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At the beginning of a job search, your CV is your most important document. It allows you to provide a prospective employer with the basic information on which they form their first opinion. It is important therefore that you have given yourself the best opportunity to progress to the next stage of the application process which is invariably an interview.
The professional services sector is a highly specialised and competitive sector and the following are a few tips on how to present yourself on paper:
Include your full name, residential address, contact telephone number (for both the evening and daytime) and a secure email address.
Please note that when you register with Leighton Taylor, your contact details will be removed from your CV before it is sent to a client and all contact will be diverted via us.
This is often the part of the CV that employers will look at first, so it has to stand out and sell you. Focus on both your responsibilities and achievements and include where you can, specific campaigns where you might have influenced or increased revenue particularly in business development or sales roles. Don't be shy about what you have done but likewise don't exaggerate as you will need to be able to back it up in the interview with detailed information. Other points to remember:
- Put as much information as you feel is necessary but break it up into bullet points so it is easier to read.
- Begin with the most important elements such as strategy, planning, campaign and man-management. Work your way down to broader responsibilities.
- Highlight anything you feel could distinguish you from other candidates. For example if you are a business development specialist, point out proven bid management, specific database experience or key account responsibilities.
Repeat this process for your different roles and make a judgement on the detail you need to go into. It is likely that your most recent roles will be the most relevant to your application. If you are a senior candidate you will not need to go into detail about your first marketing assistant role but make sure it is in your CV so there are no gaps.
Qualifications & Training
Professional services firms are extremely academic environments so prospective employers will be very interested in seeing a good education and training. It is important to list these with the most recent first. For example:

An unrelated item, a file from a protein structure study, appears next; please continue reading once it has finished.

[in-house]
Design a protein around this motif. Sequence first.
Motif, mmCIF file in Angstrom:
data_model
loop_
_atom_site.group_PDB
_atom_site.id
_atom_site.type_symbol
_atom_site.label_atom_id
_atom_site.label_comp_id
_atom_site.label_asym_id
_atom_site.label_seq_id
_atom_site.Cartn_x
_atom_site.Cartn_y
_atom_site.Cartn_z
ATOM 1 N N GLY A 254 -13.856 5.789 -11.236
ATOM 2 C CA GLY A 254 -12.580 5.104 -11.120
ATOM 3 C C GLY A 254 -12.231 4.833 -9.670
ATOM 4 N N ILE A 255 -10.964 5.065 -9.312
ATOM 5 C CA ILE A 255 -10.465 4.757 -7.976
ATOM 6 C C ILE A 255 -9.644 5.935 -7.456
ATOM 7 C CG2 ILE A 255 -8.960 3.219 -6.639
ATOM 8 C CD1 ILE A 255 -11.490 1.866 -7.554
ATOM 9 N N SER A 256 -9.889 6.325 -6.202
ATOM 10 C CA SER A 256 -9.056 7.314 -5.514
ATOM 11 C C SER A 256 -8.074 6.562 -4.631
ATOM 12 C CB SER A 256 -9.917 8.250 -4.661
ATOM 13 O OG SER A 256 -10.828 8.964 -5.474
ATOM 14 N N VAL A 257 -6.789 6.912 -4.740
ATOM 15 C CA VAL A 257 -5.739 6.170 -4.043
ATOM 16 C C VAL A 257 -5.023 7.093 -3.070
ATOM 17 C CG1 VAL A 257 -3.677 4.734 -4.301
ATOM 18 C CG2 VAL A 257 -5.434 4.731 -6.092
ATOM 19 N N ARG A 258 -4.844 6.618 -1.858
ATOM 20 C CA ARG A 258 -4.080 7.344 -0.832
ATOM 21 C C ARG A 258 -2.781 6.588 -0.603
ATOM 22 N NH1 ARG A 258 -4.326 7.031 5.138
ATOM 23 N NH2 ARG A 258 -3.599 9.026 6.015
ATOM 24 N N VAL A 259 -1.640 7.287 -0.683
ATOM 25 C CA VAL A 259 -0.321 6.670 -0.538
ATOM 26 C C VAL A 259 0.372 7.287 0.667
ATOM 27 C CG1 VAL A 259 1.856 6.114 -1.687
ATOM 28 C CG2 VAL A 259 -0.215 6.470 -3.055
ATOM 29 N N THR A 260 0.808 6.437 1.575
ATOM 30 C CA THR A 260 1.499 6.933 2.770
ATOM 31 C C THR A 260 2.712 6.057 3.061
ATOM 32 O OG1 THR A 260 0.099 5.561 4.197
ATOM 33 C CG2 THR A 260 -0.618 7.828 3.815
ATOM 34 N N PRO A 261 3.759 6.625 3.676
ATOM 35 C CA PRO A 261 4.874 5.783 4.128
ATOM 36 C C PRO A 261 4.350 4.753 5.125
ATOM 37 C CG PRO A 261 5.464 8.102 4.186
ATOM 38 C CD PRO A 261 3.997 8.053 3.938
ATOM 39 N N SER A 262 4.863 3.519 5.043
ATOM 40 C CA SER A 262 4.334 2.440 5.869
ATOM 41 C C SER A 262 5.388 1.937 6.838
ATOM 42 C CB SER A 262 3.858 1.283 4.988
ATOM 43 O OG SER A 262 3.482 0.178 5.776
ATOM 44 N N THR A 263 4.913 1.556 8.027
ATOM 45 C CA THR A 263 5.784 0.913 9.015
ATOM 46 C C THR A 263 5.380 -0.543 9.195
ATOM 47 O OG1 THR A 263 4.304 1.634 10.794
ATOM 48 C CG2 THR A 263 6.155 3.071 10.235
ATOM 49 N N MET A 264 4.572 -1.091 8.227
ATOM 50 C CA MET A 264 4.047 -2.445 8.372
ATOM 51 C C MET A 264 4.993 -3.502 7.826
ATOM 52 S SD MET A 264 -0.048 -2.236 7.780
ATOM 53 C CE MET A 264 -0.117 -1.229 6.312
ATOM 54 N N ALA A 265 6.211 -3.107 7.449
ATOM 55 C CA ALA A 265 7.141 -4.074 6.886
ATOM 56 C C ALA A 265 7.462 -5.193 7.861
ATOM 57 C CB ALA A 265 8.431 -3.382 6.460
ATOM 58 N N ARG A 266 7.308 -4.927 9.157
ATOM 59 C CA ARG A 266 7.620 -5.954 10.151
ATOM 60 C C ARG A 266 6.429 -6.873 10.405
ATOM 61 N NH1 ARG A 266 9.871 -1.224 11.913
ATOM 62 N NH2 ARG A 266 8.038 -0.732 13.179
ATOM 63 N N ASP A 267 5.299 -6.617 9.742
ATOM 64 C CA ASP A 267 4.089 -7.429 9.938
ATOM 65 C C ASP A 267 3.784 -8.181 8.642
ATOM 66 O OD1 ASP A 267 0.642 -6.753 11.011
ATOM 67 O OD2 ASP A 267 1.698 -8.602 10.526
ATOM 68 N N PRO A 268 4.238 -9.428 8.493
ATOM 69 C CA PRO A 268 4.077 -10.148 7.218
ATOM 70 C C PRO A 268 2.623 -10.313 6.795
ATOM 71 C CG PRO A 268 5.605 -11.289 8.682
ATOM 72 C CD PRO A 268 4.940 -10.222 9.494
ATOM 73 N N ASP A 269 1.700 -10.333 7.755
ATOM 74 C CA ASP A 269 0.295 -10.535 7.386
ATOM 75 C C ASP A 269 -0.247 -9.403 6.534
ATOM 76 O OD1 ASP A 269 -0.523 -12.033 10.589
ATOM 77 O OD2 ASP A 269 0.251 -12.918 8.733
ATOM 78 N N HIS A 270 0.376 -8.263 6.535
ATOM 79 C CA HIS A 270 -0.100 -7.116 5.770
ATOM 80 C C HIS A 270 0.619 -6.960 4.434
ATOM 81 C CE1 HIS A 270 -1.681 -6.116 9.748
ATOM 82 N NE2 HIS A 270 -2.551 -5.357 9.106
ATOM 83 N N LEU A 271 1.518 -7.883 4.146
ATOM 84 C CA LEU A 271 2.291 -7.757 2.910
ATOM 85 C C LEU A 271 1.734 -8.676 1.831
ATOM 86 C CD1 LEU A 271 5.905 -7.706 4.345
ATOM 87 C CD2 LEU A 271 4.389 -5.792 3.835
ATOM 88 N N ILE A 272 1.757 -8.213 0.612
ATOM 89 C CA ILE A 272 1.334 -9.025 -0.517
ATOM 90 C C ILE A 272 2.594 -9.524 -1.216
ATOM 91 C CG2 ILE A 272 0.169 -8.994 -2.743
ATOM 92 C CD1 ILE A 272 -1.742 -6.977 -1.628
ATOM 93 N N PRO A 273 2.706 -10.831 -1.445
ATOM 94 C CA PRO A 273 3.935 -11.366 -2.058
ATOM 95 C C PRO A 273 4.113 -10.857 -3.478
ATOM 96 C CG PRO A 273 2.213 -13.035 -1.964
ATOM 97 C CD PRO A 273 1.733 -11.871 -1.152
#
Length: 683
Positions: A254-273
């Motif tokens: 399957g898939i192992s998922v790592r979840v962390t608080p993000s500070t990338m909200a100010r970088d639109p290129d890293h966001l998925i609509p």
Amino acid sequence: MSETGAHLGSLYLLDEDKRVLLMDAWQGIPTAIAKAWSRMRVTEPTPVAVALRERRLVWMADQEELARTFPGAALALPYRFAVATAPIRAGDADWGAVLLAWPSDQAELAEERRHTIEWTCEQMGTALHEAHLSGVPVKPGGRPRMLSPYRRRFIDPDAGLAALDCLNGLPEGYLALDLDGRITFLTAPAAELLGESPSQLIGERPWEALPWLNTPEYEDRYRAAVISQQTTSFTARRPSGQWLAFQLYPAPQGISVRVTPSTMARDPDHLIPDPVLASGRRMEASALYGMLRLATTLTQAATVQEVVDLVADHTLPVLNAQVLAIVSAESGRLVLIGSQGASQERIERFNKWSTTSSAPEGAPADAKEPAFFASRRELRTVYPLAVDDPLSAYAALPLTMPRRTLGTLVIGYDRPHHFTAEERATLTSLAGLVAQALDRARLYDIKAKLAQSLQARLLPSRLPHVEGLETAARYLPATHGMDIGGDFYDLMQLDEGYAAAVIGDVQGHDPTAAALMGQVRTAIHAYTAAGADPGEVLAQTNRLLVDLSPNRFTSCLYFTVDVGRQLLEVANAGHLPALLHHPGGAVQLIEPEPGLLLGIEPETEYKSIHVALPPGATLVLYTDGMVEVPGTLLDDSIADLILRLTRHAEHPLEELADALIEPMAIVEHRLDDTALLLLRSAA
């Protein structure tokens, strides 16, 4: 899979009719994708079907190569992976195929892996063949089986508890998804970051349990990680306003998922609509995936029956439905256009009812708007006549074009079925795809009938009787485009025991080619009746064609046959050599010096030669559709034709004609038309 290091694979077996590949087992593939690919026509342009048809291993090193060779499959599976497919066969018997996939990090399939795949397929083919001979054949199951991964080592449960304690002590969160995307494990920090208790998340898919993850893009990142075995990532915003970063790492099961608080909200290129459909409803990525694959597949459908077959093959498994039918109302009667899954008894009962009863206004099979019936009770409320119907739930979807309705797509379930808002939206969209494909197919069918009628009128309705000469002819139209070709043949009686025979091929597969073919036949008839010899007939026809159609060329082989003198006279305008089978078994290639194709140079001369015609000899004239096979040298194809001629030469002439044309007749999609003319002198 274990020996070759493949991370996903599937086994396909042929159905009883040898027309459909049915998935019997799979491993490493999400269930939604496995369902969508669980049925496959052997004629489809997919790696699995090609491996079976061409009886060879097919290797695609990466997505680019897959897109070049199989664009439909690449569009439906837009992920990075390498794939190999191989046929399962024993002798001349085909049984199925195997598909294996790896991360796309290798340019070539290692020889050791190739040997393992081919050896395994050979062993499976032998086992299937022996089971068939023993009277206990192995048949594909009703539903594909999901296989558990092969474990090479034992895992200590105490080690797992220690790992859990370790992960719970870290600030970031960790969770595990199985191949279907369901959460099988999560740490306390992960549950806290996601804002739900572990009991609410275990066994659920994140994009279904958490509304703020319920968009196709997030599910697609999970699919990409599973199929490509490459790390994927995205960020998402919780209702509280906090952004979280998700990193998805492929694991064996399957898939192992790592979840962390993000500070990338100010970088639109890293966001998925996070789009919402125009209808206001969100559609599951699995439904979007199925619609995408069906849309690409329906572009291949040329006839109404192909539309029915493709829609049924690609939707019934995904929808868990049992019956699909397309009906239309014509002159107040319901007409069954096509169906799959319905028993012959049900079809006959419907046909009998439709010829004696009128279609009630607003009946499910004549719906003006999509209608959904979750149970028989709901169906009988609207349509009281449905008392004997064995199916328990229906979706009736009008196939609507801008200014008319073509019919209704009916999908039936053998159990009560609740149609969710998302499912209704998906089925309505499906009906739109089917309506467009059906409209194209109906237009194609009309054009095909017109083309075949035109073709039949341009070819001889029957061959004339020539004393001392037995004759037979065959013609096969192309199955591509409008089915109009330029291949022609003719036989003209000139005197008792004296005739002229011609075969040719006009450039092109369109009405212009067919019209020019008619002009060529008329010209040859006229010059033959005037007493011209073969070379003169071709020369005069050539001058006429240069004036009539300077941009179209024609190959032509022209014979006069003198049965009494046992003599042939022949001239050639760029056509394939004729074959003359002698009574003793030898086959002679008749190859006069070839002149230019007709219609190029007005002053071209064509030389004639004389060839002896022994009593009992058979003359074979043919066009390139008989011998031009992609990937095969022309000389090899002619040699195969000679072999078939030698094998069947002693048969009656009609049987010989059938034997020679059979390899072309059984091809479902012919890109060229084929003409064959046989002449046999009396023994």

- Any post-graduate qualifications including MBA's, CIM qualifications.
- 1st Degree including, grade, dates and where you studied.
- School education including A'Levels and O'Levels/GCSE's. You only need to list the number of passed qualifications, although if you have outstanding grades at A'Level and/or are a more junior candidate, you may want to note the grades.
There is no set rule as to where in your CV you place your qualifications but if you are a senior candidate you may prefer to put them in after your work history. If you are more junior and recently graduated (with good grades) you should place them towards to the start of the document.
These are important to include as an employer wants to get an idea of the sort of person you are outside of work as well. Personality is very important as you want to come across as a well rounded individual.
This can include any awards or achievements at work or outside of work if you consider it relevant to your application.
This is also the part of the CV where you should list your IT skills and courses that you may be undertaking.
Things to avoid when writing a CV
- Fancy Fonts. Use Arial or another commonly used font that is easy to read.
- Don't try and use the entire page and make sure there is plenty of space and everything is easy to read.
- If you are a senior candidate do not feel that you have to limit your CV to 2 pages. Professional services firms like detail so as long as you are not rambling, 3 or 4 pages is fine.
- Spelling and grammatical mistakes. Attention to detail is key with these types of firms.
- Long sentences that don't reach their point quickly.
- Omit anything that could be seen as controversial.
- Irrelevant personal information. Things such as children's names and ages are not really relevant to your application.